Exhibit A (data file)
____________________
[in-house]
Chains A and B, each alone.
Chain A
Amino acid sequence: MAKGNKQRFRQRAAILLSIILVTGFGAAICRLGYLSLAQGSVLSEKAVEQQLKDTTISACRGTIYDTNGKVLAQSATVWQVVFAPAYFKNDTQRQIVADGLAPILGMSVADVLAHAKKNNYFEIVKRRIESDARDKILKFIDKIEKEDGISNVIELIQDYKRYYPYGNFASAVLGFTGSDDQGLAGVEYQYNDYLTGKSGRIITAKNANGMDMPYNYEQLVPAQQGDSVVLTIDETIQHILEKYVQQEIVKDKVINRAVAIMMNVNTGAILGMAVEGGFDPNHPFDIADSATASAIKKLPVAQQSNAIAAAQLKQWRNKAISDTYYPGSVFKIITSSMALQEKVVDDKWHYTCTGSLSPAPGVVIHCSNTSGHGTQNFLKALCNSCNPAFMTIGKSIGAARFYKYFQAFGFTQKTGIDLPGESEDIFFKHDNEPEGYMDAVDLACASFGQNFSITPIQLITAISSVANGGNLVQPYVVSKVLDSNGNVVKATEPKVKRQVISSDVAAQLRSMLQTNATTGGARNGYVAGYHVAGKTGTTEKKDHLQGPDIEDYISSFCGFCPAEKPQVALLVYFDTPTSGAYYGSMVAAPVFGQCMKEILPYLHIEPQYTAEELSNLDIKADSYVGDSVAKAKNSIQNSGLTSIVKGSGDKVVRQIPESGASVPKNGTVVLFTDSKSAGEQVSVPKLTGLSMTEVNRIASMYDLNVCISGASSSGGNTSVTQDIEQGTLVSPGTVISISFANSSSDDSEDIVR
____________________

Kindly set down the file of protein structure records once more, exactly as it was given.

[in-house]
Chains A and B, each alone.
Chain A
Amino acid sequence: MAKGNKQRFRQRAAILLSIILVTGFGAAICRLGYLSLAQGSVLSEKAVEQQLKDTTISACRGTIYDTNGKVLAQSATVWQVVFAPAYFKNDTQRQIVADGLAPILGMSVADVLAHAKKNNYFEIVKRRIESDARDKILKFIDKIEKEDGISNVIELIQDYKRYYPYGNFASAVLGFTGSDDQGLAGVEYQYNDYLTGKSGRIITAKNANGMDMPYNYEQLVPAQQGDSVVLTIDETIQHILEKYVQQEIVKDKVINRAVAIMMNVNTGAILGMAVEGGFDPNHPFDIADSATASAIKKLPVAQQSNAIAAAQLKQWRNKAISDTYYPGSVFKIITSSMALQEKVVDDKWHYTCTGSLSPAPGVVIHCSNTSGHGTQNFLKALCNSCNPAFMTIGKSIGAARFYKYFQAFGFTQKTGIDLPGESEDIFFKHDNEPEGYMDAVDLACASFGQNFSITPIQLITAISSVANGGNLVQPYVVSKVLDSNGNVVKATEPKVKRQVISSDVAAQLRSMLQTNATTGGARNGYVAGYHVAGKTGTTEKKDHLQGPDIEDYISSFCGFCPAEKPQVALLVYFDTPTSGAYYGSMVAAPVFGQCMKEILPYLHIEPQYTAEELSNLDIKADSYVGDSVAKAKNSIQNSGLTSIVKGSGDKVVRQIPESGASVPKNGTVVLFTDSKSAGEQVSVPKLTGLSMTEVNRIASMYDLNVCISGASSSGGNTSVTQDIEQGTLVSPGTVISISFANSSSDDSEDIVR